With these choices established, we can now construct complexity measures for functions defined on more exotic spaces. For example, if we are given a manifold  which has a finite decomposition as a gluing of subspaces of , a function  decomposes into functions defined on those subspaces, whose complexity we know how to measure! In keeping with the methods discussed earlier in the post, we therefore define the complexity of such a function as the minimal sum across minimal decompositions of  of the complexity of the restricted functions. We can do something similar for CW-complexes, where the rigid simplicity of the components involved (disks) may afford a finer-grained notion of complexity.

It's surely possible to go further and define the complexity of functions between manifolds in terms of decompositions, but the higher you go in the definitions, the more work you have to do to ensure that your lower-level measures of complexity are invariant enough to combine together nicely into a well-defined (or interesting) higher-level measure of complexity.


My hope is that this post opens the door to complexity for others. Here on LessWrong especially, people often make reference to some established notions of complexity including Kolmogorov complexity, but it sometimes seems to me that a more tailored measure of complexity would better reflect the intuition they are trying to formalize.

A more ambitious hope of mine is that people will take some of these ideas and run with them. The most exciting possibility as I see it is a formal exploration of the relationships between complexity measures in different settings and their relationships with other invariants. Such work might form the foundation for new approaches to attack the hard open problems in computational complexity theory.

Coming soon...

For the purposes of my goal-directedness project, the next step is to use the ideas I've explored here in order to build a measure of complexity for goal-directedness. This will require me finally making some choices which I've been putting off for the whole project, but it will also get me pretty close to some concrete answers.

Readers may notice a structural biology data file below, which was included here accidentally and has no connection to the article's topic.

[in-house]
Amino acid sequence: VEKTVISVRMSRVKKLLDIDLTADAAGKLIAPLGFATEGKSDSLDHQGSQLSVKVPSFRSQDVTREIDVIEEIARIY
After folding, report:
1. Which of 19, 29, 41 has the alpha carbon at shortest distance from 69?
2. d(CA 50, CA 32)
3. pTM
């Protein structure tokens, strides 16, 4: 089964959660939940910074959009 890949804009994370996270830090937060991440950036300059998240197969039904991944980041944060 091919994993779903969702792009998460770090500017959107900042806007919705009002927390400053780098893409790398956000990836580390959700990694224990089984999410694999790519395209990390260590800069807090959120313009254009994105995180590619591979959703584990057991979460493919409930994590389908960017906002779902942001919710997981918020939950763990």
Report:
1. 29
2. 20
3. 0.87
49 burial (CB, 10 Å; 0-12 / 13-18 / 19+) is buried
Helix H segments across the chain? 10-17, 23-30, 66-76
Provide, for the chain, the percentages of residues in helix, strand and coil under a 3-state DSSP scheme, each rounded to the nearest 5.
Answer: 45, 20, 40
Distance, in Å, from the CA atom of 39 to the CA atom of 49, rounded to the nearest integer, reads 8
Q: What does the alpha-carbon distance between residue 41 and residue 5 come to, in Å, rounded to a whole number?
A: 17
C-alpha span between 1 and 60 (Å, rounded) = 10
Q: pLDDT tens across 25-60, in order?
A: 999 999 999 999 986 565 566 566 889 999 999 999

I would also like to examine relative complexity, a topic which will be directly relevant to measuring the complexity of explanations, and which I think will be clarified by the view I've taken on complexity in this post.

Further References

The primary inspiration for this post was J. M. Landsberg's book Geometry and Complexity Theory, which was gifted to me by my postdoc advisor Thomas Seiller (thanks Thomas!). The book is about algebraic complexity theory, a domain which applies algebraic geometry to computing (or at least bounding) the complexity of algebraic problems. While it doesn't discuss complexity theory at the level of generality that I have attempted to here, it was enough of a departure from the computational complexity notions that I had encountered previously to give me a new perspective on what complexity can (or should) mean.

For Kolmogorov complexity, I found Marie Ferbus-Zanda and Serge Grigorief's paper Kolmogorov complexity in perspective instructive.

For computational complexity, I used some fragments of Sanjeev Arora and Boaz Barak's book Computational Complexity: A Modern Approach, although I could benefit from a deeper reading of that.

Chatain's LW post on Occam's Razor and the Universal Prior was useful in understanding how K-complexity arises in Bayesian formalisms.

  1. ^

    The word "structure" here is intentionally quite generic. The structure can be a mathematical object (a space, an algebra, a function...), or a computational object (an algorithm, a solution to a problem...).

  2. ^

    See the right-most column in the Multiplication entry of the table; long multiplication takes  operations, meaning that the number of operations is approximately proportional to the square of the number of digits in the numbers being multiplied (assuming here that the numbers are of the same order of magnitude), but we can do much better: the first improvement was discovered by Karatsuba and reduces the number of basic multiplications needed to multiply 1000-digit numbers by a factor of 17.

    A similar story is the surprising existence of more efficient algorithms for matrix multiplication, which is one focus of the domain of algebraic complexity theory.

  3. ^

    For consistency with the Turing machine example that follows, this should probably be "write 0 and shift right".

  4. ^

    A Turing machine is a pretty famous abstract model of computation consisting of some tapes, which are unbounded collections of discrete cells which are either empty or contain a symbols (usually 0 or 1), a device called the head that can read from and write to the tapes, and a program instructing the head how to interpret the symbols it encounters. If this isn't familiar to you, almost any programming language will do for the purposes of understanding Kolmogorov complexity.[19] I can be informal about this, and about the obviously underspecified parameters in the description of the Turing machine, such as the number of tapes and their shape (does it go off to infinity in both directions or just one?), the language/symbols which the machine can read and write, and so on, thanks to the result I quote later on.